8. Bird KJ, Charpentier RR, Gautier DL, Houseknecht DW, Klett TR, Pitman JK, Moore TE, Schenk CJ, Tennyson ME, Wandrey CJ (2008) Circum-Arctic resource appraisal; estimates of undiscovered oil and gas north of the Arctic Circle: U.S. Geological Survey Fact Sheet 2008-3049, 4 pGoogle Scholar
  9. Brams SJ, Taylor AD (1996) Fair division. From cake-cutting to dispute resolution. Cambridge University Press, CambridgeCrossRefGoogle Scholar
  10. Brams SJ, Kilgour DM, Klamler C (2017) Maximin envy-free division of indivisible items. Group Decis Negot 26:115. CrossRefGoogle Scholar
  11. Demin SS, Shvydun SV (2017) Example of rational solution in the Barents Sea. In: 2017 IEEE 11th international conference on application of information and communication technologies, vol 2. Institute of Electrical and Electoronics Engineers, pp 251–255Google Scholar
  12. Gautier DL, Bird KJ, Charpentier RR, Grantz A, Houseknecht DW, Klett TR, Moore TE, Pitman JK, Schenk CJ, Schuenemeyer JH, Sørensen K, Tennyson ME, Valin ZC, Wandrey CJ (2009) Assessment of undiscovered oil and gas in the Arctic. Science 324:1175–1179CrossRefGoogle Scholar
  13. Government of Norway (2010) Treaty on maritime delimitation and cooperation in the Barents Sea and the Arctic Ocean signed today. Accessed 6 Nov 2017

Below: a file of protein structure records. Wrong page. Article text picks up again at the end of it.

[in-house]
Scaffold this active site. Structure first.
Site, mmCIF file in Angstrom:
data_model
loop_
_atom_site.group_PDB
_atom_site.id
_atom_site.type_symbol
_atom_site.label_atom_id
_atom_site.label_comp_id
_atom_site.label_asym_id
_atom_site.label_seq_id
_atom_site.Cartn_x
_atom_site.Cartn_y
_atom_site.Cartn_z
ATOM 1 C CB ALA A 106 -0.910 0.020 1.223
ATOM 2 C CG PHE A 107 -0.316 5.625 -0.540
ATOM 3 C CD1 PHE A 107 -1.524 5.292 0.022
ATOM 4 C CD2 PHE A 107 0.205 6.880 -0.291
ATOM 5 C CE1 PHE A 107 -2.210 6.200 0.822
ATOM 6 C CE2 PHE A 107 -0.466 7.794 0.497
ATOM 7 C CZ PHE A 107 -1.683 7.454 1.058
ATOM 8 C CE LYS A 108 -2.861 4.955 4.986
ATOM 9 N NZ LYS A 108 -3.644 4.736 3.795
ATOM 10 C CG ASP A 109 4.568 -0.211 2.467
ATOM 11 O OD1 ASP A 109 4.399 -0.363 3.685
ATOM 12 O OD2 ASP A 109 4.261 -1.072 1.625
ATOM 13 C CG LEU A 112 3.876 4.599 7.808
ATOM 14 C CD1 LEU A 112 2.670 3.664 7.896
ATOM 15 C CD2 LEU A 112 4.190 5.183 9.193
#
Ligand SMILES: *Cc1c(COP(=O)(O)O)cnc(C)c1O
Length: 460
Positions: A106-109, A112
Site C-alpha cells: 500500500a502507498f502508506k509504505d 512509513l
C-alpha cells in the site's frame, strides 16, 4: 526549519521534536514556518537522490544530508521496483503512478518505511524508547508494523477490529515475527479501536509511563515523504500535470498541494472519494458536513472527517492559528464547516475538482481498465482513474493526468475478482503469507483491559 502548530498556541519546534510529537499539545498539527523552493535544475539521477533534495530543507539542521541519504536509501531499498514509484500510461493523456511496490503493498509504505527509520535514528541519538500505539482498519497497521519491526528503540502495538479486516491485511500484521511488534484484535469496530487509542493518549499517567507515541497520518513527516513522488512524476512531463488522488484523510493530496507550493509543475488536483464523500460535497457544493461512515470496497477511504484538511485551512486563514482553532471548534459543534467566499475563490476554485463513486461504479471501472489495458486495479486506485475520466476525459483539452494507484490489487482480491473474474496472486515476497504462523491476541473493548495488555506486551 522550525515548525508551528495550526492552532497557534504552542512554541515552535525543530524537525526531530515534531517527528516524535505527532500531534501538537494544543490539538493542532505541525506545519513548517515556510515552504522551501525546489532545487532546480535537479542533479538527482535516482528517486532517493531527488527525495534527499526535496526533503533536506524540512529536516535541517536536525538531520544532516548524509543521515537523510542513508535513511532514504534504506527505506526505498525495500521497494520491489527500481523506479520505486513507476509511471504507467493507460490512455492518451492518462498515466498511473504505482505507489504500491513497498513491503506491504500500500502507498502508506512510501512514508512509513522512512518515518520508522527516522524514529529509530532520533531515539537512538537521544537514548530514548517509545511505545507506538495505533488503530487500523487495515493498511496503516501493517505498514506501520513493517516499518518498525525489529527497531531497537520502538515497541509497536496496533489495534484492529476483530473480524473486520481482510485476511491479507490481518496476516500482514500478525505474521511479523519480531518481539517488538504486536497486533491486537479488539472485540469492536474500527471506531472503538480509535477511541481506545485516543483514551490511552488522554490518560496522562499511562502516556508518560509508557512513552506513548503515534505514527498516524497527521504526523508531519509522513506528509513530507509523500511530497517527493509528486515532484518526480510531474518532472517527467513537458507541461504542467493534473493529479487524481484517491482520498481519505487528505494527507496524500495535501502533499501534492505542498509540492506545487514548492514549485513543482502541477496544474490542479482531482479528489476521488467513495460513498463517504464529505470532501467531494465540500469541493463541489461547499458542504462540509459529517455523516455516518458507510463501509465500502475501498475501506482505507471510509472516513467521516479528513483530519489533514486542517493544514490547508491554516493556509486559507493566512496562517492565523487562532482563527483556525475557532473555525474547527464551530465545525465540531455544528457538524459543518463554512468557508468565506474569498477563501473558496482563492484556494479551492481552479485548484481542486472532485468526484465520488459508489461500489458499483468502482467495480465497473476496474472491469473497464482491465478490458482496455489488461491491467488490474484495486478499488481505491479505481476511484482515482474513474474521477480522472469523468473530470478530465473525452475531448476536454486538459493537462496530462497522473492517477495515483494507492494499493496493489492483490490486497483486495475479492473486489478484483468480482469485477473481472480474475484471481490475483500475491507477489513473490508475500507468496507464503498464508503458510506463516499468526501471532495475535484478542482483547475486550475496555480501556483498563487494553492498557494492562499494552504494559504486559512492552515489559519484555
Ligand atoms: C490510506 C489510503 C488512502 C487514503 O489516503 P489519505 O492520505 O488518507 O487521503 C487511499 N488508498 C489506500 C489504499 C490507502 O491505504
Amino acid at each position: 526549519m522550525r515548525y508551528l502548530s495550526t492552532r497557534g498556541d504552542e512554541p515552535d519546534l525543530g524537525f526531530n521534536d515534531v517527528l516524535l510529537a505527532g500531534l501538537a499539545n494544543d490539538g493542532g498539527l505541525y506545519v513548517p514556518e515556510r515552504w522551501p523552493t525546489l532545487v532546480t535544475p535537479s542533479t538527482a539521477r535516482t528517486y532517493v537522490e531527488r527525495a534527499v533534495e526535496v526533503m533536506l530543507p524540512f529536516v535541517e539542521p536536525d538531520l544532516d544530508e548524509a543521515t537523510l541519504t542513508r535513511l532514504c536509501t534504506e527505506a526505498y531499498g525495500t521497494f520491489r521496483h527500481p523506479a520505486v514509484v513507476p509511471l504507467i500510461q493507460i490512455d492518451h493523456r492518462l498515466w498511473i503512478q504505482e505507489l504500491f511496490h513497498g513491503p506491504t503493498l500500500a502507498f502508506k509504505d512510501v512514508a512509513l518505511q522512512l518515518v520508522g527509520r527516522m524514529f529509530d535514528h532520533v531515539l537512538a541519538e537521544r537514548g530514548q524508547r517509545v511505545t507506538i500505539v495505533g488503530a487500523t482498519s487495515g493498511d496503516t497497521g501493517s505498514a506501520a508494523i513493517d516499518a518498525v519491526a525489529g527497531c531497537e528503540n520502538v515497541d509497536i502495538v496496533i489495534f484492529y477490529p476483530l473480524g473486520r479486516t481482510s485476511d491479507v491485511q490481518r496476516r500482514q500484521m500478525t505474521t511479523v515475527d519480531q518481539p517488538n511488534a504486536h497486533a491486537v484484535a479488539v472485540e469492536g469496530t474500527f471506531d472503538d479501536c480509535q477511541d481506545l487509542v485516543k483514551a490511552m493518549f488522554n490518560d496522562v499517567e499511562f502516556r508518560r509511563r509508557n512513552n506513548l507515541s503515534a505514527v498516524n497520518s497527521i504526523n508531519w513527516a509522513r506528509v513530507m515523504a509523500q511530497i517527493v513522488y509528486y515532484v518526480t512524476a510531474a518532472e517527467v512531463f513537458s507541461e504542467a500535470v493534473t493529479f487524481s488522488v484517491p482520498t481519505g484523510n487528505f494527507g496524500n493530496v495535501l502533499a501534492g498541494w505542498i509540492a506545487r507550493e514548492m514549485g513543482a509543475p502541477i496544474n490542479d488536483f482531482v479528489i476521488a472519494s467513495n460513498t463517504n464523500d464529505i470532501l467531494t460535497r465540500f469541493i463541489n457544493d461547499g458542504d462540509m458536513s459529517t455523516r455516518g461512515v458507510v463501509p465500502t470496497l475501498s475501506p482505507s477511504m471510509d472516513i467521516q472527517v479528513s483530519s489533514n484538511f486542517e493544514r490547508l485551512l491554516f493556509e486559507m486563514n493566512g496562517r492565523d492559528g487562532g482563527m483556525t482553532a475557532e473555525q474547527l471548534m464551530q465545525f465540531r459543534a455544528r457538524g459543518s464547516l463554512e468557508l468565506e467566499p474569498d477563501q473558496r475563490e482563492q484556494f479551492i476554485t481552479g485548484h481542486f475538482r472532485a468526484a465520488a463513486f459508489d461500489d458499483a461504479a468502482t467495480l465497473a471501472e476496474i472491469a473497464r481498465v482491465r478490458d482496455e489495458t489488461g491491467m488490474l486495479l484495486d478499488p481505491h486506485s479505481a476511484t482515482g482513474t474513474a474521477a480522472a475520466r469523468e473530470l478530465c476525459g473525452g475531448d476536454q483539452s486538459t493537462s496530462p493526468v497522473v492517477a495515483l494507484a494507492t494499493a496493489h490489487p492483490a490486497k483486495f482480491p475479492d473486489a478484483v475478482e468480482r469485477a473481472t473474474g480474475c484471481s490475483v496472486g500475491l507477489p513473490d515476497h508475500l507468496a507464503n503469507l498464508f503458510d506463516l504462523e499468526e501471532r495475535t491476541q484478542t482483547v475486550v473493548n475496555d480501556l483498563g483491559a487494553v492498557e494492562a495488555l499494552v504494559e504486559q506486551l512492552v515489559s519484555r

14. Humpert M (2012) Arctic Ocean exclusive economic zone. The Arctic Institute. Accessed 6 Nov 2017
  15. Hund AJ (2014) Antarctica and the Arctic Circle: a geographic encyclopedia of the Earth’s Polar Regions. ABC-CLIO, Santa BarbaraGoogle Scholar
  16. IBRU: Centre for Borders Research - Durham University (2015) Maritime jurisdiction and boundaries in the Arctic region. Accessed 6 Nov 2017
  17. Koivurova T, Hossain K (2008) Offshore hydrocarbon. Arctic TRANSFORM. Accessed 6 Nov 2017
  18. Kuhn HW (1955) The Hungarian method for the assignment problem. Naval Res Log Q 2:83–97CrossRefGoogle Scholar
  19. Sevunts L (2016) Canada to submit its Arctic continental shelf claim in 2018. Radio Canada International. Accessed 6 Nov 2017
  20. Shvydun S (2015) Normative properties of multi-criteria choice procedures and their superpositions: II. Working paper WP7/2015/07 (Part 2). HSE Publishing House, MoscowGoogle Scholar
  21. Shvydun S, Aleskerov F (2017) A mathematical approach to conflict resolution in the Arctic Region. In: 2017 3rd IEEE international conference on cybernetics (CYBCONF), Exeter, 2017, pp 1–6Google Scholar
  22. The CHNL Information Office (2016). NSR—transit statistics. Accessed 6 Nov 2017
  23. The European Science Foundation (ESF) (2014) Natural resources in Polar Oceans. Accessed 6 Nov 2017
  24. UN General Assembly, Convention on the Law of the Sea (UNCLOS), 10 December 1982. Accessed 6 Nov 2017
  25. United Nations (2009) Continental shelf—submission to the Commission by Norway. Accessed 6 Nov 2017
  26. United Nations (2014) Continental shelf—submission to the Commission by the Kingdom of Denmark. Accessed 6 Nov 2017
  27. United Nations (2017) Submissions, through the Secretary-General of the United Nations, to the Commission on the Limits of the Continental Shelf, pursuant to article 76, paragraph 8, of the United Nations Convention on the Law of the Sea of 10 December 1982. Accessed 6 Nov 2017
  28. World Ocean Review (2016) Key shipping terms in brief. Accessed 6 Nov 2017

Copyright information

© Springer Nature B.V. 2018

Authors and Affiliations

  1. 1.National Research University Higher School of EconomicsV.A. Trapeznikov Institute of Control Sciences of Russian Academy of SciencesMoscowRussia

Personalised recommendations